This is an easily visualized world.  It makes perfect sense in the context of other kinds of insurance that people already carry, like property and life.  Getting there, however, will take a few things we don’t currently have.

First, the insurance would have to belong to the individual, not the employer.  It would have to be portable.  Second, the consortium would have to be able to offer national coverage.  This would mean substantially eliminating the ability of states to individually regulate insurers.  In other words, the Federal government would have to do exactly what the commerce clause intended for them to do–tear down barriers to interstate commerce.  Finally, we would have to develop a cultural expectation for people to always have health insurance, right after they have a home, but before they get cable.  We could (and I think should) have a system where people who are too poor or too foolish get insurance until they become uninsurable can get access to a basic, second-rate, government-provided plan.  But we would need to get rid of the notion that anyone who forgoes bearing the cost of insurance has a right to the best health care available, or even average health care.  Nothing encourages adverse selection more than steps to promulgate this “right.”  In New York, where insurers must offer the same rate to anyone regardless of pre-existing conditions, it would be foolish for a young person to pay the high costs of health insurance before they got ill.  So, few of them do.  And it raises the costs for the rest of us, and makes it that much less affordable for them (until they get sick).  It’s a lousy mechanism.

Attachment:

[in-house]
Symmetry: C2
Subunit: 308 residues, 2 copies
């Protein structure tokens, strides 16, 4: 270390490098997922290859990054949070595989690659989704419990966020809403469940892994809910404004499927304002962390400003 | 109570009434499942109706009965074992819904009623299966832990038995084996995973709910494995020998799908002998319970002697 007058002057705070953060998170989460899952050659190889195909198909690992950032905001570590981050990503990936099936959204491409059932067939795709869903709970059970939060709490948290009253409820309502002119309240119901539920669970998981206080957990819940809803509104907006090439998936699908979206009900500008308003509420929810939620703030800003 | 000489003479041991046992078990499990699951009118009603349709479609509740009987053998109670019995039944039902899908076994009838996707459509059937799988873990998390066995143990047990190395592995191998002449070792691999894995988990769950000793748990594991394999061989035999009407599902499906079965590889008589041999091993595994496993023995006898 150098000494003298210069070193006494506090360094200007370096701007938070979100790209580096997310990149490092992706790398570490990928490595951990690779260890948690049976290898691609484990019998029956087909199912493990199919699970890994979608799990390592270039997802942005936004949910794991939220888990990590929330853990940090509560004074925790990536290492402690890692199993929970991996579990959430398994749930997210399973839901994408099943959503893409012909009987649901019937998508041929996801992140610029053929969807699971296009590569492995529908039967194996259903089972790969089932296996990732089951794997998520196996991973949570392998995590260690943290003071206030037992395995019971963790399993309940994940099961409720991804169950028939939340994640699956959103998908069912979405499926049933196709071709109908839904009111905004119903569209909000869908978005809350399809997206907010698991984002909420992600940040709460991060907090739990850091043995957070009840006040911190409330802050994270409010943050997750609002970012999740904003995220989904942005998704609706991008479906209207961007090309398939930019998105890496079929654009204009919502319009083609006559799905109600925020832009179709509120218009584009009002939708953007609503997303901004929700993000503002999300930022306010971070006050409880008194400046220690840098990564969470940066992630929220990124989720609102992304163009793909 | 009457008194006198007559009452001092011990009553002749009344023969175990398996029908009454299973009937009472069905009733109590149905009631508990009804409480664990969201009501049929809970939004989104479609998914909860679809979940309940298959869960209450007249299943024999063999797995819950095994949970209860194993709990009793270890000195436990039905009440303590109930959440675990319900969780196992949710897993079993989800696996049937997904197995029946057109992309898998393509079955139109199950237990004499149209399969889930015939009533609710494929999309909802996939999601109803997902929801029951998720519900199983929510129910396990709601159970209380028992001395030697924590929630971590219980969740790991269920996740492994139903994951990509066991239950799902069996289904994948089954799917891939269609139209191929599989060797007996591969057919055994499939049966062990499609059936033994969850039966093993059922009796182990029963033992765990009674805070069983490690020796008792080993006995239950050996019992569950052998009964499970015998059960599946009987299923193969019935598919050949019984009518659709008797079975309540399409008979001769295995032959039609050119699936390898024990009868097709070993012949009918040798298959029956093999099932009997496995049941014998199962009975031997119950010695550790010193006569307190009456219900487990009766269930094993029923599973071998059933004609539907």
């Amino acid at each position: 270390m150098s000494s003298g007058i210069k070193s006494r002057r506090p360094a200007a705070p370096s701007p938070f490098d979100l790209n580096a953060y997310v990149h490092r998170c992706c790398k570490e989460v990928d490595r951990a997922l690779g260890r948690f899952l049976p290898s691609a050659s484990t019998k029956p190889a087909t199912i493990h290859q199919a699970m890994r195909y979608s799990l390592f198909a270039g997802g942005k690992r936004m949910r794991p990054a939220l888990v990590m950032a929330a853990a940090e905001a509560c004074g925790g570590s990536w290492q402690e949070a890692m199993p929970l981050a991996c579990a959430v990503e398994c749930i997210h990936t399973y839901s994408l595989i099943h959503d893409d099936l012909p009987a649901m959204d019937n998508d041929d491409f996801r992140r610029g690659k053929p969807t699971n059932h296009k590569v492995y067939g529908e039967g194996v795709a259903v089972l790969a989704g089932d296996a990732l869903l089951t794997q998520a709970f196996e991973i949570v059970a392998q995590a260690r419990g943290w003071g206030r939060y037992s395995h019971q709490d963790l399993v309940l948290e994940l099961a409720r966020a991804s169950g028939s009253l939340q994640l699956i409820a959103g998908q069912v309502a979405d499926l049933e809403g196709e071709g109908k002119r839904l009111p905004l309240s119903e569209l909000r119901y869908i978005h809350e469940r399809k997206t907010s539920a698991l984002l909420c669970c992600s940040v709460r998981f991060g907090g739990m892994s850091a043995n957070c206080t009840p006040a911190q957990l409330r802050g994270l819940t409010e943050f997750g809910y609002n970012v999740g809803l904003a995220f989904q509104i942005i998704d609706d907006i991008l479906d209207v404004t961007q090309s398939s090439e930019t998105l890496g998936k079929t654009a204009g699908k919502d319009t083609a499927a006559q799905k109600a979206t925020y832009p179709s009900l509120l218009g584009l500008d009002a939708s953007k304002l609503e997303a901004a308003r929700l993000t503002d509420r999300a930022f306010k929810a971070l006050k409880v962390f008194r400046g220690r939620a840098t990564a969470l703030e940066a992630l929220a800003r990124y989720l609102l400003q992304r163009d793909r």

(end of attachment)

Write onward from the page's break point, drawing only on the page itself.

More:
People will argue that asymmetrical information and market imperfections will doom any private system, but they will always lose that argument against an expert creator of mechanisms.  I have never yet been stumped.  No mechanism is perfect, of course, but there is no reason to let the perfect be the enemy of better-than-we’ve-got-today.

Add A Comment